I read Flannery O'Connor's short story "The Geranium" over the weekend. It is one of her earliest published stories, dating to 1946, and opens a window into the mind and a little of the life of an elderly southern man who has been moved to NYC to live with one of his daughters.
In the pivotal scene of the story, the man - Old Dudley - is returning from a busywork errand his daughter has asked him to do. The ascent up the tenement stairs reminds him of a hunting trip he took once, and he is caught play-acting at hunting by a well-dressed black man whom he has previously thought of insultingly. The well-dressed man is polite and friendly, and helps him back up the stairs, which Dudley is obviously struggling with, chatting about guns and hunting.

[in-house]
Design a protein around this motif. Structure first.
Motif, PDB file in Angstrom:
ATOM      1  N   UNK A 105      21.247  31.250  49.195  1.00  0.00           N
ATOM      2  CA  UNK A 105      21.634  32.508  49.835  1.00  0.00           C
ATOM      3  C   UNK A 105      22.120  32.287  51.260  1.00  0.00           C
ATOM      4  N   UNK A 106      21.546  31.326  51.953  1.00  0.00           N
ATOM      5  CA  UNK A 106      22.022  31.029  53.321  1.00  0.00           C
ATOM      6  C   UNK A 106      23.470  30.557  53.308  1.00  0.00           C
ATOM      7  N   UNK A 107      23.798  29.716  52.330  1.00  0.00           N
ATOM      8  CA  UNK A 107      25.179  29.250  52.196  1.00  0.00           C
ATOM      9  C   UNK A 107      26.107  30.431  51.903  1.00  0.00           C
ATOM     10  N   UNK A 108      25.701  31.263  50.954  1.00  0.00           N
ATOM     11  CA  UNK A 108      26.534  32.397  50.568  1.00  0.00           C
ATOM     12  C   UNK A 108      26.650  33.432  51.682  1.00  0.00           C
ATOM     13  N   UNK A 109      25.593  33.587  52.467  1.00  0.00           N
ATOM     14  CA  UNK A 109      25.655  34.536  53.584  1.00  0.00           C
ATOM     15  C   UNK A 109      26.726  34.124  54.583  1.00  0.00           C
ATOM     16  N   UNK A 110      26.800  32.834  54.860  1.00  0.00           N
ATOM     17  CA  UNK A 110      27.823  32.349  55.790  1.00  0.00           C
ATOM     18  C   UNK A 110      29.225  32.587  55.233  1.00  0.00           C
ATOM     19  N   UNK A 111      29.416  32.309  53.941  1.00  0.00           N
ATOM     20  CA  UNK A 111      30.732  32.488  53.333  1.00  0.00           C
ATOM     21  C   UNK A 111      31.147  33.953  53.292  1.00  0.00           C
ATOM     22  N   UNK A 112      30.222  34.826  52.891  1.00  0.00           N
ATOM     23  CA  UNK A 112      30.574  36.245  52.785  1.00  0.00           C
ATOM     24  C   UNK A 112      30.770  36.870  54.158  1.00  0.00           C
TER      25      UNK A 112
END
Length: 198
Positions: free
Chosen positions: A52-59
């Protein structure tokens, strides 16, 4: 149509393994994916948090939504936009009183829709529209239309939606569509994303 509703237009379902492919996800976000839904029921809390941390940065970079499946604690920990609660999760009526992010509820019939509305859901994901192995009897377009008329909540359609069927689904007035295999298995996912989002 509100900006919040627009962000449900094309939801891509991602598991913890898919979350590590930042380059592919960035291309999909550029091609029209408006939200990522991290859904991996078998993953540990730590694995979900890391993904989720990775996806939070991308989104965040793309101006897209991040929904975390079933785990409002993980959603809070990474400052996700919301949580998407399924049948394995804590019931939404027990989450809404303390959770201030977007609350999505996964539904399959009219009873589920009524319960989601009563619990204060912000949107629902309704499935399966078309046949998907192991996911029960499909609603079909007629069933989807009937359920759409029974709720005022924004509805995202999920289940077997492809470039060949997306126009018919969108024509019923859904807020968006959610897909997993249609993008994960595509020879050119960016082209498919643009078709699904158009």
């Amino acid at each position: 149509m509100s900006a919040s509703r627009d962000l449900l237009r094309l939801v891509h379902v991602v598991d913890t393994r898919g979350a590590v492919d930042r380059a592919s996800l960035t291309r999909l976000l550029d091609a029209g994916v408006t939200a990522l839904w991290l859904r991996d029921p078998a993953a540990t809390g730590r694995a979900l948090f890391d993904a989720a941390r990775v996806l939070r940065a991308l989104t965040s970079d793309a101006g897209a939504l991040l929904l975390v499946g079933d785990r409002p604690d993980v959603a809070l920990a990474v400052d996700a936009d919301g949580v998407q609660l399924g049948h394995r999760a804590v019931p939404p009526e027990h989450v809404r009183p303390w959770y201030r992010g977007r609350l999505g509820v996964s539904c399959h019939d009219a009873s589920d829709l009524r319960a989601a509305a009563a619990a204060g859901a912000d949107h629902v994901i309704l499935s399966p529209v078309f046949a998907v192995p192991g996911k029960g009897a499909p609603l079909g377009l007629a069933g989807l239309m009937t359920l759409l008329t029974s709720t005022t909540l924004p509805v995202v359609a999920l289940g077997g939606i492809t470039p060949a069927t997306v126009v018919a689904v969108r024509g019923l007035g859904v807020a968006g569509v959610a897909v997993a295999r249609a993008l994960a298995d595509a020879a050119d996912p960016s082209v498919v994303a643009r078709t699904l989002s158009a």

Once having delivered him back to the tenement rooms , Flannery writes of Dudley, "The pain in his throat was all over his face now, leaking out his eyes."
Is he crying because - as he thinks to himself - he is "...trapped in this place where niggers could call you 'old-timer'." ? Or is he crying because the sudden and unexpected kindess and companionship and kindness of a stranger unleashes his longing for his home in the south? Or is it some combination of the two - that the homelike conversation is coming from a person who Dudley's social values do not allow him to respect?
Either way you read it, 'The Geranium' is a penetrating story.